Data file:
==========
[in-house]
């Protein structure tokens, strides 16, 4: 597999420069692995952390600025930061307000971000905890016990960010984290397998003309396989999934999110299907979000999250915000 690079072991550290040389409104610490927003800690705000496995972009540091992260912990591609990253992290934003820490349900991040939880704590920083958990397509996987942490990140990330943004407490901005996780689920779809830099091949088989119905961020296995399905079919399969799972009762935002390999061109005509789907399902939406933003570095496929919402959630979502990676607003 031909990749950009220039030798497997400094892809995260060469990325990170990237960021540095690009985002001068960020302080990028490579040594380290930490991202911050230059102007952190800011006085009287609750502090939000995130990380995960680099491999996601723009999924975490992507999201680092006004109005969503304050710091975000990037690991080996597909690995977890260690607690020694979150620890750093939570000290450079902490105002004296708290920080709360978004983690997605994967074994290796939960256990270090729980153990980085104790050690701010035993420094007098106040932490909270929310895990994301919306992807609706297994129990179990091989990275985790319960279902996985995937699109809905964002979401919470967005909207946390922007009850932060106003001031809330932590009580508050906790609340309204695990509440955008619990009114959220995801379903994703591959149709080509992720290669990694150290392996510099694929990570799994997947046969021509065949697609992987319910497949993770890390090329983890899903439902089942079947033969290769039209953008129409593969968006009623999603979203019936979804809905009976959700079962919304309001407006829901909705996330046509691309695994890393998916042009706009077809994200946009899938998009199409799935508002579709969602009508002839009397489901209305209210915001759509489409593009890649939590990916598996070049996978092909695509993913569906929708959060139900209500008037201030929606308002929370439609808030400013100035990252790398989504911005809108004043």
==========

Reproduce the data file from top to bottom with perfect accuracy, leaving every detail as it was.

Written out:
[in-house]
């Protein structure tokens, strides 16, 4: 597999420069692995952390600025930061307000971000905890016990960010984290397998003309396989999934999110299907979000999250915000 690079072991550290040389409104610490927003800690705000496995972009540091992260912990591609990253992290934003820490349900991040939880704590920083958990397509996987942490990140990330943004407490901005996780689920779809830099091949088989119905961020296995399905079919399969799972009762935002390999061109005509789907399902939406933003570095496929919402959630979502990676607003 031909990749950009220039030798497997400094892809995260060469990325990170990237960021540095690009985002001068960020302080990028490579040594380290930490991202911050230059102007952190800011006085009287609750502090939000995130990380995960680099491999996601723009999924975490992507999201680092006004109005969503304050710091975000990037690991080996597909690995977890260690607690020694979150620890750093939570000290450079902490105002004296708290920080709360978004983690997605994967074994290796939960256990270090729980153990980085104790050690701010035993420094007098106040932490909270929310895990994301919306992807609706297994129990179990091989990275985790319960279902996985995937699109809905964002979401919470967005909207946390922007009850932060106003001031809330932590009580508050906790609340309204695990509440955008619990009114959220995801379903994703591959149709080509992720290669990694150290392996510099694929990570799994997947046969021509065949697609992987319910497949993770890390090329983890899903439902089942079947033969290769039209953008129409593969968006009623999603979203019936979804809905009976959700079962919304309001407006829901909705996330046509691309695994890393998916042009706009077809994200946009899938998009199409799935508002579709969602009508002839009397489901209305209210915001759509489409593009890649939590990916598996070049996978092909695509993913569906929708959060139900209500008037201030929606308002929370439609808030400013100035990252790398989504911005809108004043």